A tobacco education program that has helped adults to kick the habit and discouraged children from smoking may become a casualty of the $1.6 billion deficit in the state budget.
Jane Hull has proposed cutting funding for the Tobacco Education and Prevention Program to $15 million for the 2001-02 fiscal year and to $5 million for the 2002-03 fiscal year, said Cathy Bischoff, who heads the TEPP program at the Arizona Department of Health Services.
She said the governor plans to transfer the funds to pay for behavioral health services.
The budget for TEPP for the current fiscal year, which concludes July 1, 2002, is $32 million, Bischoff said.
A total of $23 million in the budget comes from 23 cents of a 58-cent tax on cigarette packs, Bischoff said.
The proposed funding cuts come to 15 cents per pack for the current fiscal year and 5 cents per pack in the next fiscal year.
Mohave County receives $750,000 a year in funding, said Susan Williams, coordinator of the Mohave County Tobacco Use Prevention Program.
Williams said the governor's proposed cuts would "significantly reduce or eliminate" the program in this county.
The governor's press secretary, Francie Noyes, defended the proposed cuts.
"This is real: a $1.6 billion deficit," Noyes said.
"The governor is the only one who has a plan to make up that $1.6 billion shortfall."
Noyes said the governor had to make "very difficult choices," and decided to fund "essential state services." She added the funding cuts would apply for one to two years, with the hope that the economy would improve.
The tobacco education program needs to pay for direct services instead of television commercials, Noyes said.
However, Bischoff said $23 million goes to community-based services such as stop-smoking classes, and $9 million is earmarked toward public relations and advertising.
Bischoff also questioned the legality of transferring the funds, and cited voter approval in 1994 of Proposition 200.
Proposition 200 raised the tax on cigarette packs by 40 cents to 58 cents, and set aside 23 cents for every dollar to the health education account for prevention, education, cessation (stop smoking) and evaluation.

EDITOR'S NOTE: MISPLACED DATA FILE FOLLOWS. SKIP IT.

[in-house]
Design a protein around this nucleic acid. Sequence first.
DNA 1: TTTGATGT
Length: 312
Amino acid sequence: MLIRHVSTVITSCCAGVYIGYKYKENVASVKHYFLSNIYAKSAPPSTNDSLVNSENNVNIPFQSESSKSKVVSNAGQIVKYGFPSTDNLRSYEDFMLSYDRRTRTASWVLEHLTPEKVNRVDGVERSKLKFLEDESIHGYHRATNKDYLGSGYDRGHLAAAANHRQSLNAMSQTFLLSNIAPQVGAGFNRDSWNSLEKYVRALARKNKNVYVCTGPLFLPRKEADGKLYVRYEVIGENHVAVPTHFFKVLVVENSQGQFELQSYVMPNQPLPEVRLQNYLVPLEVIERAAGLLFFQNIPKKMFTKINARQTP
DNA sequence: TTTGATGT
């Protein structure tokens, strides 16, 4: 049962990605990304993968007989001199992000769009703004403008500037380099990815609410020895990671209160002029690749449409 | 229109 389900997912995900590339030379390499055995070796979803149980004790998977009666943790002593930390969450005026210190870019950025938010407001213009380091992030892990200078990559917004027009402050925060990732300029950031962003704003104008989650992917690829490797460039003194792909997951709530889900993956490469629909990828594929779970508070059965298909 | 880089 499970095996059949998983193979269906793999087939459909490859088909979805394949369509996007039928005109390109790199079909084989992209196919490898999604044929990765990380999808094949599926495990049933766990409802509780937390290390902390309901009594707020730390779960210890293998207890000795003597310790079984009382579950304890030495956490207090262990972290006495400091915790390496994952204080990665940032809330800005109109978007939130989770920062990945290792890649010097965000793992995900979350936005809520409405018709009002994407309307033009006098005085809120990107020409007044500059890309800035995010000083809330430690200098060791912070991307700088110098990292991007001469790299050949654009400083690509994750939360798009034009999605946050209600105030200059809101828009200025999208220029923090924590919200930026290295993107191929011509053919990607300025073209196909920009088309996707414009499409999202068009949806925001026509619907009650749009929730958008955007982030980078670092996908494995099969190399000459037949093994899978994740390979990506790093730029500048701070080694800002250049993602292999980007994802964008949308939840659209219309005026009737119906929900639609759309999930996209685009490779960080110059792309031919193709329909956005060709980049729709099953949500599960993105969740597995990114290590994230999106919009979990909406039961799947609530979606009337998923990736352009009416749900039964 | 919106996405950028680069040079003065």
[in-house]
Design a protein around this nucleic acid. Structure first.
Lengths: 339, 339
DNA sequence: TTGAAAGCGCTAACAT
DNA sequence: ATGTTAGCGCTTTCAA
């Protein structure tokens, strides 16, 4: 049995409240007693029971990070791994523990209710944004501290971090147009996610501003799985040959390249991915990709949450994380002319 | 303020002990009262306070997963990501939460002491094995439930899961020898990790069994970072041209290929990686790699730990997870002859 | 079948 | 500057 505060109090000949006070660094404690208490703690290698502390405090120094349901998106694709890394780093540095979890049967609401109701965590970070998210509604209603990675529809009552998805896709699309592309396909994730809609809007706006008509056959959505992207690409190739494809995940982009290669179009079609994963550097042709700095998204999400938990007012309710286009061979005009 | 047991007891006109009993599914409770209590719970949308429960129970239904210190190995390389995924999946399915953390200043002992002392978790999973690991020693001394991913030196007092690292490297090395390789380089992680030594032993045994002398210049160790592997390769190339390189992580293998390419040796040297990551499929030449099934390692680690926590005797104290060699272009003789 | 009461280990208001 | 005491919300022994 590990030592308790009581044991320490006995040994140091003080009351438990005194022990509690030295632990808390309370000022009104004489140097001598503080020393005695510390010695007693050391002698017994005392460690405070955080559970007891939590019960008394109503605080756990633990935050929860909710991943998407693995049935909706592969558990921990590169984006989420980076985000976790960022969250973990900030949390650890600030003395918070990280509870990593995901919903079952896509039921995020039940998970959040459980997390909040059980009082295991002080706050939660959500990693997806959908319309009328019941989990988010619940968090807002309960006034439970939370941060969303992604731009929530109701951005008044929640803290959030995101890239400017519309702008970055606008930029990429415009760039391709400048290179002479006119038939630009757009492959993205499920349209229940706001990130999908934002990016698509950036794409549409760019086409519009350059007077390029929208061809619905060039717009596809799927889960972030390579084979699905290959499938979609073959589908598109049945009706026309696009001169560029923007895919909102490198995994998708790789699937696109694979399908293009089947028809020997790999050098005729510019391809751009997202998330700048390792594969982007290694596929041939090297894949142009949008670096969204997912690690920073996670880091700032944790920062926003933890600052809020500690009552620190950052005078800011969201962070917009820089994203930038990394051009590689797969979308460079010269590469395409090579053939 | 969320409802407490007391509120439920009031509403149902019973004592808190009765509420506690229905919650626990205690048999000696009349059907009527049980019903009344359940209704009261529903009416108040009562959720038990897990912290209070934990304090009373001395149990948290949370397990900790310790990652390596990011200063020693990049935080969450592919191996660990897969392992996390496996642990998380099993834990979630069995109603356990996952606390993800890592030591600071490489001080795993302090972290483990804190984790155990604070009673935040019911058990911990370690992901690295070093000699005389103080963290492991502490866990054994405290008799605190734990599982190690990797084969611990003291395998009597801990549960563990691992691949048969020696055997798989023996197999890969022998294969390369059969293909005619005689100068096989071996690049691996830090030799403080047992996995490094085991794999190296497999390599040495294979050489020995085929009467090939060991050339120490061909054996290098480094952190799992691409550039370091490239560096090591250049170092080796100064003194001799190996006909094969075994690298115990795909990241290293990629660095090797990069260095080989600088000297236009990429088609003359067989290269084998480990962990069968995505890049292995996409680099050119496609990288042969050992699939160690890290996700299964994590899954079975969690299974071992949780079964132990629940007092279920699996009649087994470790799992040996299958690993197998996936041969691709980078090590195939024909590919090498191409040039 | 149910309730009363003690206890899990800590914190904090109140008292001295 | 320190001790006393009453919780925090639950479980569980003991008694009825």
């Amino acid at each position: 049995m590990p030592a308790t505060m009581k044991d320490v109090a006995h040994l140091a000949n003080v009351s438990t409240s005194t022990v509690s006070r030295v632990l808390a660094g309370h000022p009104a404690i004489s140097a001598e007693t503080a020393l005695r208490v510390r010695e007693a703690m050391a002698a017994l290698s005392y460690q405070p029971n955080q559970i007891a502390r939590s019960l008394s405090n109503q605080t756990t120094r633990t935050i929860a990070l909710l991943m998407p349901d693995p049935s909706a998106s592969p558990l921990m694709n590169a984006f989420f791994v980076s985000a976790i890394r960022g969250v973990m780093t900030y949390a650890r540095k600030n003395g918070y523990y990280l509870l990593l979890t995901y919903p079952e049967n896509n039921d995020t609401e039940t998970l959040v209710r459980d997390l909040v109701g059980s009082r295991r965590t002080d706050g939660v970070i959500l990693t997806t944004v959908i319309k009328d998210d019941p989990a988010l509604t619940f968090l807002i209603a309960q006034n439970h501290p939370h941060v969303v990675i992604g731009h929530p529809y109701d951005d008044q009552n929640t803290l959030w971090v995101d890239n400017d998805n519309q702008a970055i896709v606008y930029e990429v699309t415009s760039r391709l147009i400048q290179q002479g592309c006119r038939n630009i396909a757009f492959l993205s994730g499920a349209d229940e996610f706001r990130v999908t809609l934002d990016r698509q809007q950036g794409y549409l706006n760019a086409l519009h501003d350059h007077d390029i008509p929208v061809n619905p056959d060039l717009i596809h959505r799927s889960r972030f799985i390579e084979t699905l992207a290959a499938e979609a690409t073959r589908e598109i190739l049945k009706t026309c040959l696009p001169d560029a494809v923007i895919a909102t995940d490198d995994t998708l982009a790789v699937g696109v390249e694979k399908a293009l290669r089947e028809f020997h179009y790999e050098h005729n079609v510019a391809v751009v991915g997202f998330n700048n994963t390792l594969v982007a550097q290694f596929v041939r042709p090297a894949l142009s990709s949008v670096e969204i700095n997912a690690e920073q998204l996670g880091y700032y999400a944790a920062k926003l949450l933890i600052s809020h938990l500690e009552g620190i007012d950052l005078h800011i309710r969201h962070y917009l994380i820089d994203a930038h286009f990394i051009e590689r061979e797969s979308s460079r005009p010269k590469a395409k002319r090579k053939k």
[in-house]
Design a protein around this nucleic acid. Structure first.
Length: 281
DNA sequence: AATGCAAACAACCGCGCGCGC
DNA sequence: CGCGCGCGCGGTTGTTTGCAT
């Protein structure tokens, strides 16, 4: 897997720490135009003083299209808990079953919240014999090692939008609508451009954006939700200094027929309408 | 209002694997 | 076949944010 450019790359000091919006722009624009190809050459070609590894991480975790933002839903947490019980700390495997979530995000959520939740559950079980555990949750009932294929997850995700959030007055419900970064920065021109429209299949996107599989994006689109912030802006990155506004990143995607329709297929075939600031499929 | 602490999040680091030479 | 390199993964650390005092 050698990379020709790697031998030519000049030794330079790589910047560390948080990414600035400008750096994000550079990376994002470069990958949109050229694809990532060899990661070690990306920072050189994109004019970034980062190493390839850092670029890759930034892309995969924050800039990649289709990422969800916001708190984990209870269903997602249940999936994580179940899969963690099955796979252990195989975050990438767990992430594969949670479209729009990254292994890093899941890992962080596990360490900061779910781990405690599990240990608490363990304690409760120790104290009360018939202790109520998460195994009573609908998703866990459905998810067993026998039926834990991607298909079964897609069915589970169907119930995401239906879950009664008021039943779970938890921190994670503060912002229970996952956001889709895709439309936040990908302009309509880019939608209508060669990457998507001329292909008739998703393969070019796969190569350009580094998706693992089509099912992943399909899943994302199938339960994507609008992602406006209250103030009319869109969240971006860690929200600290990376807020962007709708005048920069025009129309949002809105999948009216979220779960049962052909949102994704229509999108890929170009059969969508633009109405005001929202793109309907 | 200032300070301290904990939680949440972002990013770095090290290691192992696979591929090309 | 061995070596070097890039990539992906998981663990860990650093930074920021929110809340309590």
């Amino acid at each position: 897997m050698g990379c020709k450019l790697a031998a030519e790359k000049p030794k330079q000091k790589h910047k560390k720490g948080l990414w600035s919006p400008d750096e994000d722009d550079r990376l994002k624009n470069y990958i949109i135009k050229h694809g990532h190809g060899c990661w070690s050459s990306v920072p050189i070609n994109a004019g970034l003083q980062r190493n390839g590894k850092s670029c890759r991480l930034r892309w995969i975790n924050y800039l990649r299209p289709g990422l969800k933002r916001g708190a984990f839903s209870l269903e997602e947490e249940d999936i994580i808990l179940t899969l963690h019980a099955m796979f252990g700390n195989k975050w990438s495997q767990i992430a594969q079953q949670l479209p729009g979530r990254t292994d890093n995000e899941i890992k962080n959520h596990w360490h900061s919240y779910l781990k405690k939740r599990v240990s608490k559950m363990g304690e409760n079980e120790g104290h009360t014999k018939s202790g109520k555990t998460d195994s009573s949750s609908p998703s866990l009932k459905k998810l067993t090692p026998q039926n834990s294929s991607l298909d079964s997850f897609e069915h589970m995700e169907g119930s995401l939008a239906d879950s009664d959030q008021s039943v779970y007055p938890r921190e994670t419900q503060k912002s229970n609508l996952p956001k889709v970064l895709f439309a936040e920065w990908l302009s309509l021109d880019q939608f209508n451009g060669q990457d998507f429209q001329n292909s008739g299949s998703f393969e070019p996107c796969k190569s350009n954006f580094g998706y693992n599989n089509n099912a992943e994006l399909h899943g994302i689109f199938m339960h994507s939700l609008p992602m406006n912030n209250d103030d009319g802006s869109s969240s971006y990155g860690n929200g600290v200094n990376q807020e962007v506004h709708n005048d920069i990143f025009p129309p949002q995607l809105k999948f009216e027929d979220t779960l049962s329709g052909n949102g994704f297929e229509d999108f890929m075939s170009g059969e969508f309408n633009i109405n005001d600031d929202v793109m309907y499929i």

The proposition also earmarked 70 cents to the medically needy account for health care services and 5 cents for the health research account on the prevention and treatment of tobacco-related diseases and addiction.
Another 2 cents goes to the state Department of Corrections to compensate for cuts in the corrections fund.
However, Noyes in turn cited voter approval in 1998 of Proposition 105, which bars the Legislature from changing voter-approved measures until five years have elapsed.
Its provisions are not retroactive.
"There is no legal reason that the governor cannot make proposed language," Noyes said.
Noyes criticized opponents of the proposed cuts for not coming up with any alternative plan.
"People who are criticizing the governor's plan – where is their plan?" she asked.
However, Attorney General Janet Napolitano, a likely Democratic candidate for governor next year, announced on Thursday that she would petition to put on the ballot an initiative to bump the tax on cigarette packs to 70 cents.
If backers could gather 101,762 signatures, it would go on the 2002 ballot.
Noyes said the decision is in the hands of the state Legislature, which has been meeting in special session since last week.
Jim Sedillo, D-Flagstaff, said he opposes any cuts in the tobacco education program, but would consider a compromise such as a 10-cent increase on the tax on cigarette packs.
"I am against the actual divestiture of this particular fund, but I also realize in this day and age a compromise is something we have to address," Sedillo said.
Sedillo characterized the tobacco education program as one of the "most successful" programs in the state and one that serves as a model for other states.
Tom O'Halleran, R-Oak Creek, and Sen.
John Verkamp, R-Flagstaff, could not be reached for comment.
The Associated Press contributed to this story.